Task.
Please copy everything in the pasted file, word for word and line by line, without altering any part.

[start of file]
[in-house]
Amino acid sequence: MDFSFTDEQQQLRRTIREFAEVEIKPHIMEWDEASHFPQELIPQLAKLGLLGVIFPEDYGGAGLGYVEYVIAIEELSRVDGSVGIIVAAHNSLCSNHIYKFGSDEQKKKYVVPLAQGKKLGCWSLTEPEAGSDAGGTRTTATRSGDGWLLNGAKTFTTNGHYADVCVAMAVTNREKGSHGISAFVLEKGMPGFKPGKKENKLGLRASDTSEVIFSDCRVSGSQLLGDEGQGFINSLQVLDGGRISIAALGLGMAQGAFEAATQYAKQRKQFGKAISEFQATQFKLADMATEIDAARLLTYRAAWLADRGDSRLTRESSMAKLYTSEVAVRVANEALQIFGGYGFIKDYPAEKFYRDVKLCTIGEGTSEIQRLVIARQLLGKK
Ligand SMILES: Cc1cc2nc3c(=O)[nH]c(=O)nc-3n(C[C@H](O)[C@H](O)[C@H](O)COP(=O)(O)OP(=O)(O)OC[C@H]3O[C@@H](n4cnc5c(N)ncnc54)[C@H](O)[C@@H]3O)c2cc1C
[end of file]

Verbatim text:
[in-house]
Amino acid sequence: MDFSFTDEQQQLRRTIREFAEVEIKPHIMEWDEASHFPQELIPQLAKLGLLGVIFPEDYGGAGLGYVEYVIAIEELSRVDGSVGIIVAAHNSLCSNHIYKFGSDEQKKKYVVPLAQGKKLGCWSLTEPEAGSDAGGTRTTATRSGDGWLLNGAKTFTTNGHYADVCVAMAVTNREKGSHGISAFVLEKGMPGFKPGKKENKLGLRASDTSEVIFSDCRVSGSQLLGDEGQGFINSLQVLDGGRISIAALGLGMAQGAFEAATQYAKQRKQFGKAISEFQATQFKLADMATEIDAARLLTYRAAWLADRGDSRLTRESSMAKLYTSEVAVRVANEALQIFGGYGFIKDYPAEKFYRDVKLCTIGEGTSEIQRLVIARQLLGKK
Ligand SMILES: Cc1cc2nc3c(=O)[nH]c(=O)nc-3n(C[C@H](O)[C@H](O)[C@H](O)COP(=O)(O)OP(=O)(O)OC[C@H]3O[C@@H](n4cnc5c(N)ncnc54)[C@H](O)[C@@H]3O)c2cc1C